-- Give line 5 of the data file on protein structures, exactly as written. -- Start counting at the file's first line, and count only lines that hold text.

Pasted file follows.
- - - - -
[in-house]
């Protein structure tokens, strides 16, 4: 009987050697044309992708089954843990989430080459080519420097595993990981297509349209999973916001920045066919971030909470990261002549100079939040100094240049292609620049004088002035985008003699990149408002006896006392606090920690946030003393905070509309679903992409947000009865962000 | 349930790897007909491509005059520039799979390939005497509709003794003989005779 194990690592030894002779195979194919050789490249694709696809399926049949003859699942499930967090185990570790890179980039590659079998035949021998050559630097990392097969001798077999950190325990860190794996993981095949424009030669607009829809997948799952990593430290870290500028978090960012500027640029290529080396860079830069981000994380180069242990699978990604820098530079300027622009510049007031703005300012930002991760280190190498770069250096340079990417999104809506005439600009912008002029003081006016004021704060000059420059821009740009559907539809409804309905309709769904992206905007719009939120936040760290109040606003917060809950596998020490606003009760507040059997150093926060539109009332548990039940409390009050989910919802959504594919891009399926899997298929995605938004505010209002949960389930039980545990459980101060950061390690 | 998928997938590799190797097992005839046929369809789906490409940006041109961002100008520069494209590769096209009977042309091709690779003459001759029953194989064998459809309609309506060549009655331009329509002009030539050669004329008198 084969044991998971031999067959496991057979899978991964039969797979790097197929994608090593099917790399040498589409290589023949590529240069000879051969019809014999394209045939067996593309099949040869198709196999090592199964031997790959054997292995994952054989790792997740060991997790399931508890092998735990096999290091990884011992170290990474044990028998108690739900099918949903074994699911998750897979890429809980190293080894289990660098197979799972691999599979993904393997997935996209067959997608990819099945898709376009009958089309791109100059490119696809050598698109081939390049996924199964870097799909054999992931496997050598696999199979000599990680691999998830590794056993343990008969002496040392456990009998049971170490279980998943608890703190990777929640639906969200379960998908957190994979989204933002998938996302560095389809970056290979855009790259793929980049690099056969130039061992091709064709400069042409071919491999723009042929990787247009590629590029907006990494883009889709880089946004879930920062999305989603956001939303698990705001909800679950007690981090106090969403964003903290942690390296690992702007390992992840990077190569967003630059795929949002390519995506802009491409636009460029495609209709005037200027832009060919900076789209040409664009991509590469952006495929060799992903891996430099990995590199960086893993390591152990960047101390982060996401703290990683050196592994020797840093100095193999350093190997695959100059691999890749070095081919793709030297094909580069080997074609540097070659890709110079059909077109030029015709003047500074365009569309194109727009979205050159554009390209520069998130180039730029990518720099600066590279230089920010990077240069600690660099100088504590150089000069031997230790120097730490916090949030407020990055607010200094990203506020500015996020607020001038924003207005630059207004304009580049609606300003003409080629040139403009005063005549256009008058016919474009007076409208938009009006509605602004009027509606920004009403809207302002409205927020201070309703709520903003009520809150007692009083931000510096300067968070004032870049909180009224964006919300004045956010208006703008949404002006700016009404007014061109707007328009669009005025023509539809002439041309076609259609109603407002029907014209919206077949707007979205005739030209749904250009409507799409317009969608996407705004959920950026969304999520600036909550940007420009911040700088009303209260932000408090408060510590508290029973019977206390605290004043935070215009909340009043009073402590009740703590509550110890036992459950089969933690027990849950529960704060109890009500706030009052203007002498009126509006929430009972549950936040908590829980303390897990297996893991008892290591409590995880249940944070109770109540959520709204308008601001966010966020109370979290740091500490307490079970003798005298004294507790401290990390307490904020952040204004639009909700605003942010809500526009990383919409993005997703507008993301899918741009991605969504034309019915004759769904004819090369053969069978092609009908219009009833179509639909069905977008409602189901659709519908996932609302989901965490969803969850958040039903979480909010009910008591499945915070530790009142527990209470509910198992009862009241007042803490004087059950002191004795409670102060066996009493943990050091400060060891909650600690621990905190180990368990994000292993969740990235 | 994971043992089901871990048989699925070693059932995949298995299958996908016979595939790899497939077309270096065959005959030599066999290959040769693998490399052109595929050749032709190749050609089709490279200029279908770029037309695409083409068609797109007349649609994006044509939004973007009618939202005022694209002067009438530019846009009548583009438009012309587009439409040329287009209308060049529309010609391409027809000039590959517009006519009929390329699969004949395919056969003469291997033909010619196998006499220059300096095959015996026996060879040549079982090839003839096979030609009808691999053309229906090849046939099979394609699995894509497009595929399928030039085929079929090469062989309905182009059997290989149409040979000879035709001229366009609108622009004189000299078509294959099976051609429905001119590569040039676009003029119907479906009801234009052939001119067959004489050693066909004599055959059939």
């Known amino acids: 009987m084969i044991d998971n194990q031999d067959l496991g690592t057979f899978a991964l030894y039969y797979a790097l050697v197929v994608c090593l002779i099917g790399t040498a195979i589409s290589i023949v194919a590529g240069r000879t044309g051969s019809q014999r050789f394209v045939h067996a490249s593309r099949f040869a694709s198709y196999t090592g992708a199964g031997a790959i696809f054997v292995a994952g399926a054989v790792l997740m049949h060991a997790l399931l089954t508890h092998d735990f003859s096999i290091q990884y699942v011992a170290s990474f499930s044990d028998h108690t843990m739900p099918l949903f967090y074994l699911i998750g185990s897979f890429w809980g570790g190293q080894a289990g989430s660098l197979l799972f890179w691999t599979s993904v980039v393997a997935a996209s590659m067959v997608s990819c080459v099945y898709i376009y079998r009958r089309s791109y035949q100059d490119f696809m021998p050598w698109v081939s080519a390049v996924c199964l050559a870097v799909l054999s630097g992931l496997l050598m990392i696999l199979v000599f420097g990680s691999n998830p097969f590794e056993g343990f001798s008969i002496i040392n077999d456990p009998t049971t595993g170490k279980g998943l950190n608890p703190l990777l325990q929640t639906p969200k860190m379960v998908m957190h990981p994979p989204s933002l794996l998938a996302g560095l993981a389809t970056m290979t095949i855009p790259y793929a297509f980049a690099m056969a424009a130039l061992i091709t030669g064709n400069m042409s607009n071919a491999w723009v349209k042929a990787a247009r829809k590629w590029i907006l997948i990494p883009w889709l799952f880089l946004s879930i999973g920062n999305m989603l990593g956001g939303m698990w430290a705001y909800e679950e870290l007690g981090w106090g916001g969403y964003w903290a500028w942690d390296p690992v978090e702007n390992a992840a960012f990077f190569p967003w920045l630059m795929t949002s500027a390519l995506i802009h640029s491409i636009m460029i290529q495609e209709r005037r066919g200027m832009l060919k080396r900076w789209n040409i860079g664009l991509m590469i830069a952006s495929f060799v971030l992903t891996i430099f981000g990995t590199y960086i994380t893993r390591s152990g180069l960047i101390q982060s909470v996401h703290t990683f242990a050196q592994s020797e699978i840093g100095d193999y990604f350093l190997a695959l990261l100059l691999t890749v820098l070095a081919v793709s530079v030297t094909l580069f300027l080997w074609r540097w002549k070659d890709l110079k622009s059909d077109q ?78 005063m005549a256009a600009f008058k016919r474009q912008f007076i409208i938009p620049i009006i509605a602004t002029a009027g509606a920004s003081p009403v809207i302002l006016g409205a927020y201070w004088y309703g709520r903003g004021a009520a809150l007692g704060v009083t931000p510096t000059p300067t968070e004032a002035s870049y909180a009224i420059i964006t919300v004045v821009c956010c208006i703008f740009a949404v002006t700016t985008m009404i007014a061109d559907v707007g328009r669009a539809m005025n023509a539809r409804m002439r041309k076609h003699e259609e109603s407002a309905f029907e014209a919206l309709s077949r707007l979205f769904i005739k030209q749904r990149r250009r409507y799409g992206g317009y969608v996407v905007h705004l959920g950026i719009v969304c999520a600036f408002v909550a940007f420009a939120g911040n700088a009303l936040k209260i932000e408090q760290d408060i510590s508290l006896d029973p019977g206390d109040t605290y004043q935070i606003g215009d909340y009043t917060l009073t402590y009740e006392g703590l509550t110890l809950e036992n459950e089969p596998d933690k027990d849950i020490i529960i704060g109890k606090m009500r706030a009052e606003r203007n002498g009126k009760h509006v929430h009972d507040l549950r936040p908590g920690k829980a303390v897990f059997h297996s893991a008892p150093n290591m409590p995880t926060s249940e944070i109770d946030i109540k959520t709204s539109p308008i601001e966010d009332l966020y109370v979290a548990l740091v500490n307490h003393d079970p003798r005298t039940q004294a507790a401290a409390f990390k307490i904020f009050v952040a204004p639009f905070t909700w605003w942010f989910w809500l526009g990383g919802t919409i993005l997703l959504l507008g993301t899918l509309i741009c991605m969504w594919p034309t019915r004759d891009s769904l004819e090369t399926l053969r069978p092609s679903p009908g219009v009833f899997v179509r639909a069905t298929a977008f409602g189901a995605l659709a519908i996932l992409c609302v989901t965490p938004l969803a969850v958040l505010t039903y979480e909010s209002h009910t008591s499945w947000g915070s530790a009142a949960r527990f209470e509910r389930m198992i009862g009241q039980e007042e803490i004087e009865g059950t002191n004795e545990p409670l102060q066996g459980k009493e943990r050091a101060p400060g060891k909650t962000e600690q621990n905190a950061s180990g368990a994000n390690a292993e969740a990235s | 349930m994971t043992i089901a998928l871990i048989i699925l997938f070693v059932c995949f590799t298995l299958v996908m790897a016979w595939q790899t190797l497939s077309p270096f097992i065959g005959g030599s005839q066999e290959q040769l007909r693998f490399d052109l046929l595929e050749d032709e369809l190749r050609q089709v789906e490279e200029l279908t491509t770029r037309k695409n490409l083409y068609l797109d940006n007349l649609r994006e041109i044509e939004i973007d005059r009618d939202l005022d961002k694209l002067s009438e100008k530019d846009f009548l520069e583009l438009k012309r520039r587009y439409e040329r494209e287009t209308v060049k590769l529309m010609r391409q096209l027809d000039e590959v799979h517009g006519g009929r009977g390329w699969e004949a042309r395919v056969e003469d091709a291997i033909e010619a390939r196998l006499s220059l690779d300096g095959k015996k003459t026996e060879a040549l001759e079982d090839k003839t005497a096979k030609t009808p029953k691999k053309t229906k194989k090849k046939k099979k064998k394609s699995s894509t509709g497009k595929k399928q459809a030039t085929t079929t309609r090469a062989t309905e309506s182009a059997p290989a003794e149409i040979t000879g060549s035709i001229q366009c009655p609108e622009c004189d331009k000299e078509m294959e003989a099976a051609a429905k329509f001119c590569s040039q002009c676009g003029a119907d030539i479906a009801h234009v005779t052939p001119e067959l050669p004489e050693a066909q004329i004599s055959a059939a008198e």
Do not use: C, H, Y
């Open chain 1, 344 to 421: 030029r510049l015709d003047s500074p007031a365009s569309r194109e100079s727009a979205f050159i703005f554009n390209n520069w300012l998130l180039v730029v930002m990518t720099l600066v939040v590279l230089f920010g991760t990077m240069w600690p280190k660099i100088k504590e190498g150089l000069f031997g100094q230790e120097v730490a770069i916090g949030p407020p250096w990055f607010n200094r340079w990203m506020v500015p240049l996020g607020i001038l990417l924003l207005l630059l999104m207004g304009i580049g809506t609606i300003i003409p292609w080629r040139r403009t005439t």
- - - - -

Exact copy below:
């Open chain 1, 344 to 421: 030029r510049l015709d003047s500074p007031a365009s569309r194109e100079s727009a979205f050159i703005f554009n390209n520069w300012l998130l180039v730029v930002m990518t720099l600066v939040v590279l230089f920010g991760t990077m240069w600690p280190k660099i100088k504590e190498g150089l000069f031997g100094q230790e120097v730490a770069i916090g949030p407020p250096w990055f607010n200094r340079w990203m506020v500015p240049l996020g607020i001038l990417l924003l207005l630059l999104m207004g304009i580049g809506t609606i300003i003409p292609w080629r040139r403009t005439t």